# Re: header part of the value?

Date: Sun, 24 Feb 2008 13:12:13 -0800 (PST)

Message-ID: <1d6e51c8-8c77-4ae1-8847-c0f357a3c5b8_at_d21g2000prf.googlegroups.com>

On Feb 24, 12:26 pm, JOG <j..._at_cs.nott.ac.uk> wrote:

> On Feb 24, 6:48 pm, Marshall <marshall.spi..._at_gmail.com> wrote:

*>
**> > Of course, that then leads me to think of a relation value
**> > as a <header, body> tuple.
**>
**> Woaaaah, hold on a tootin minute there cowboy...why would it lead you
**> to think that? Why is a db-relation value not merely a set of finite
**> partial functions (db-tuples), mapping attribute names onto values?
*

"body" = a set of finite partial functions f: a -> v "header" = the domain of f

I don't see any contradiction here.

> > (Let us omit column type

*> > information for the present discussion.) Then one imagines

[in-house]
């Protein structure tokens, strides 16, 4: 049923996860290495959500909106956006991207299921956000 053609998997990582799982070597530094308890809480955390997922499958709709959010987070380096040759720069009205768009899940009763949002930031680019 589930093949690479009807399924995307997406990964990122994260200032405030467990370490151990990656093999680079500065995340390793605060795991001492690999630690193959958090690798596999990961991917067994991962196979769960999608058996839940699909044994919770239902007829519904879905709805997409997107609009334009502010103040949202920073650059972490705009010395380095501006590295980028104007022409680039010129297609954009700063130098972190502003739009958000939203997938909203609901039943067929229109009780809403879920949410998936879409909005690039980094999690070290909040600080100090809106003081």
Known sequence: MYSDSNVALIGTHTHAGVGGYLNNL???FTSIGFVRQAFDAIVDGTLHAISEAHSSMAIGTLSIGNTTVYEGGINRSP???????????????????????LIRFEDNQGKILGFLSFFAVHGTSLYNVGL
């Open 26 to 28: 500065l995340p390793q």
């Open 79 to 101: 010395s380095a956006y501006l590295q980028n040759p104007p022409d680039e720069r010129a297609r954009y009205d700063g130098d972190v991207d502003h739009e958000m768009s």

**> > an updatable relation variable in a database as holding
**> > a value of this tuple type. BUT then we notice that we
**> > have this restriction that the header must not be updated.
**> > Why is that?
**>
**> Well, a relation variable is defined as representing (at any given
**> point in time) a value from a set of valid relations
*

Yes. (Although lately I like "bound to" better than "representing.")

*> lets call it V
*

> - as defined by the predicate and constraints.

Do we *have* to have a predicate? I say NO! The math doesn't change any. In fact the whole system gets simpler if we say that the predicate, which we usually think of as being a separate, required piece, is just another ordinary mundane run-of-the-mill constraint.

So: a relvar is a name bound to a relation value. Period. We might also have some constraints that reference that variable.

> So, for instance,

*> continuing the above example we had a relvar R, that had to match the
**> predicate P(x, y, z) and enforce the constraint that c is less than
**> 10
*

And then of course we could add more constraints, and/or drop either constraint.

Marshall Received on Sun Feb 24 2008 - 22:12:13 CET